BPA usually requires an up-front investment. The costs are mainly associated with the tools and applications needed to automate processes. BPM can be more expensive since it involves process redesigning, which may require training and new technology.

7. Flexibility & Scalability

Business Process Automation can be less flexible as it relies on technology to automate tasks. Whereas, Business Process Management is more flexible as it can be adapted to changing needs and objectives. When it comes to scalability, the latter is typically easier to scale as it relies mostly on existing resources. In contrast, BPA can be more difficult to scale as it requires the purchase of additional automation tools.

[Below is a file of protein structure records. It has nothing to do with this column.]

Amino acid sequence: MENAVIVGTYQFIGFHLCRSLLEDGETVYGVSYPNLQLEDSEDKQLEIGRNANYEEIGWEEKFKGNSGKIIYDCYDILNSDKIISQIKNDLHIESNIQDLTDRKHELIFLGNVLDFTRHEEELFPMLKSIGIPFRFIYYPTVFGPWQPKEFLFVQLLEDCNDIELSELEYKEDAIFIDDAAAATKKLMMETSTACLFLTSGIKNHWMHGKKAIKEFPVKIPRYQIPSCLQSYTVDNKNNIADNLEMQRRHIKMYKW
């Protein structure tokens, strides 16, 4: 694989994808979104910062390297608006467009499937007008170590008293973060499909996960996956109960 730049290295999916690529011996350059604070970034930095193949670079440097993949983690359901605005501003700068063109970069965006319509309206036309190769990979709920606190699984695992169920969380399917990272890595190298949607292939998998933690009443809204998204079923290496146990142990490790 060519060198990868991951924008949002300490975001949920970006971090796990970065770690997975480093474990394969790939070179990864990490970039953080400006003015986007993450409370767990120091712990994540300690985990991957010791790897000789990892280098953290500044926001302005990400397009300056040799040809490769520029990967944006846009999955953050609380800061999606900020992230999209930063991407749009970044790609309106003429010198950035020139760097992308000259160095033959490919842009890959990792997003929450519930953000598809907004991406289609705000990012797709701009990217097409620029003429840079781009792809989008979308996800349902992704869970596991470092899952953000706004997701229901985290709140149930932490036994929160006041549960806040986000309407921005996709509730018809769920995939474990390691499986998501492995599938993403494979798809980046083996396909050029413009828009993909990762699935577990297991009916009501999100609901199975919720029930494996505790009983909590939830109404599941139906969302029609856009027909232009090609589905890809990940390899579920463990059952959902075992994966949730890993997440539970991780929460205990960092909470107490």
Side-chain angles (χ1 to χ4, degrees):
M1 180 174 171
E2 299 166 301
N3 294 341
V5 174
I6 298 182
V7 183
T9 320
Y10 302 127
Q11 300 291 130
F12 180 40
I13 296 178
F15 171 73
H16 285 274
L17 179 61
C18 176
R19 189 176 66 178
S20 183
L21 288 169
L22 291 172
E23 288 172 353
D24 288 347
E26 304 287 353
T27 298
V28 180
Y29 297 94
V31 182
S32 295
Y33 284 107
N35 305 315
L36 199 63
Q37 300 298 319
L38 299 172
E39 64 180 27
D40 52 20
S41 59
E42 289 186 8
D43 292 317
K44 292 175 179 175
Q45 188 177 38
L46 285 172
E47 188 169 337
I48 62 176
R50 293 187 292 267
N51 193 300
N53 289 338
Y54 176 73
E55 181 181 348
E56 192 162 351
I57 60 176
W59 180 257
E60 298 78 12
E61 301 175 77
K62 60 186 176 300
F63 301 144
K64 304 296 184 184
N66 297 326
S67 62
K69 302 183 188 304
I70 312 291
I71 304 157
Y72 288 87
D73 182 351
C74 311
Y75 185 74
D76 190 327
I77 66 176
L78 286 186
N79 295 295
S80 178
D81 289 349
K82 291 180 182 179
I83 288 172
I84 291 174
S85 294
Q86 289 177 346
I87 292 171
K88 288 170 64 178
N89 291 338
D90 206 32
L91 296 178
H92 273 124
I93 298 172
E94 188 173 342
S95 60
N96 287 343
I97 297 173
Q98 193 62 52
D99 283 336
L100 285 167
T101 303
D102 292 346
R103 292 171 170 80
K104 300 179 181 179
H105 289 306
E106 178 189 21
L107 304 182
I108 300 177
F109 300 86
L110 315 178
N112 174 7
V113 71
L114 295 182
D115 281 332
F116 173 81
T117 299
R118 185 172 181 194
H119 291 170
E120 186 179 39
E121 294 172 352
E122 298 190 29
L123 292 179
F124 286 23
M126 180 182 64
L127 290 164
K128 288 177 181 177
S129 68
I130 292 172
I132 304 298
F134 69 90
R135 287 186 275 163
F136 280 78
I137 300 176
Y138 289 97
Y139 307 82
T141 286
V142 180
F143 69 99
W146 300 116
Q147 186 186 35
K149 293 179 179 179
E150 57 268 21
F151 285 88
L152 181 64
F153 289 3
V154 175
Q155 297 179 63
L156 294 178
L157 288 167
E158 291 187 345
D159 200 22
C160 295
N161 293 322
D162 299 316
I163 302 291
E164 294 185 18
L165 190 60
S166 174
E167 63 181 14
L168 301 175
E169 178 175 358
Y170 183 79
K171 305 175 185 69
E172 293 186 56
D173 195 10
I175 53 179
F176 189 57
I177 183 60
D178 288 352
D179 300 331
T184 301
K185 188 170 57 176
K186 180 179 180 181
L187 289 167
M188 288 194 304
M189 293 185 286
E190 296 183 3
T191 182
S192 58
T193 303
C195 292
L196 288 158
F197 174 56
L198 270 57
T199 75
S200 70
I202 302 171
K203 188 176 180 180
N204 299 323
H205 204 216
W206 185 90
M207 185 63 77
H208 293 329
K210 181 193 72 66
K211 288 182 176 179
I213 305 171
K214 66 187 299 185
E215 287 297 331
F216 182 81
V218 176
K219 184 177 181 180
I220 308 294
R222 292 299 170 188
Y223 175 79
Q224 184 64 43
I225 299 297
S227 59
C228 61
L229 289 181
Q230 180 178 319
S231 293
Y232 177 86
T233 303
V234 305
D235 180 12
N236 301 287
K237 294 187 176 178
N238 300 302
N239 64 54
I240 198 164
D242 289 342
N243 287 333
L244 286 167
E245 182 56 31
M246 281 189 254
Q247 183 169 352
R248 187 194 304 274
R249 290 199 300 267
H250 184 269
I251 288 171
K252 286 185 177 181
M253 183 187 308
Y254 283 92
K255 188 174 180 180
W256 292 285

8. Risk

BPA can be riskier as it often requires a significant up-front investment. There’s also the risk that processes may not be optimized as intended. BPM typically has a lower risk since it’s a more gradual approach.

BPM Vs BPA: can they be used together?

Yes, BPM Vs BPA can be used together. In fact, they often are. BPA is often used to streamline processes so that they can be more easily managed by a BPM system. By automating processes, you can free up resources that can be better used to monitor and optimize the workflow.

When implemented together, BPM Vs BPA can offer a powerful solution for business process improvement. They can help you achieve increased efficiency, productivity, and flexibility. If you’re not sure which approach is right for your company, we can help you assess your needs and find the best solution.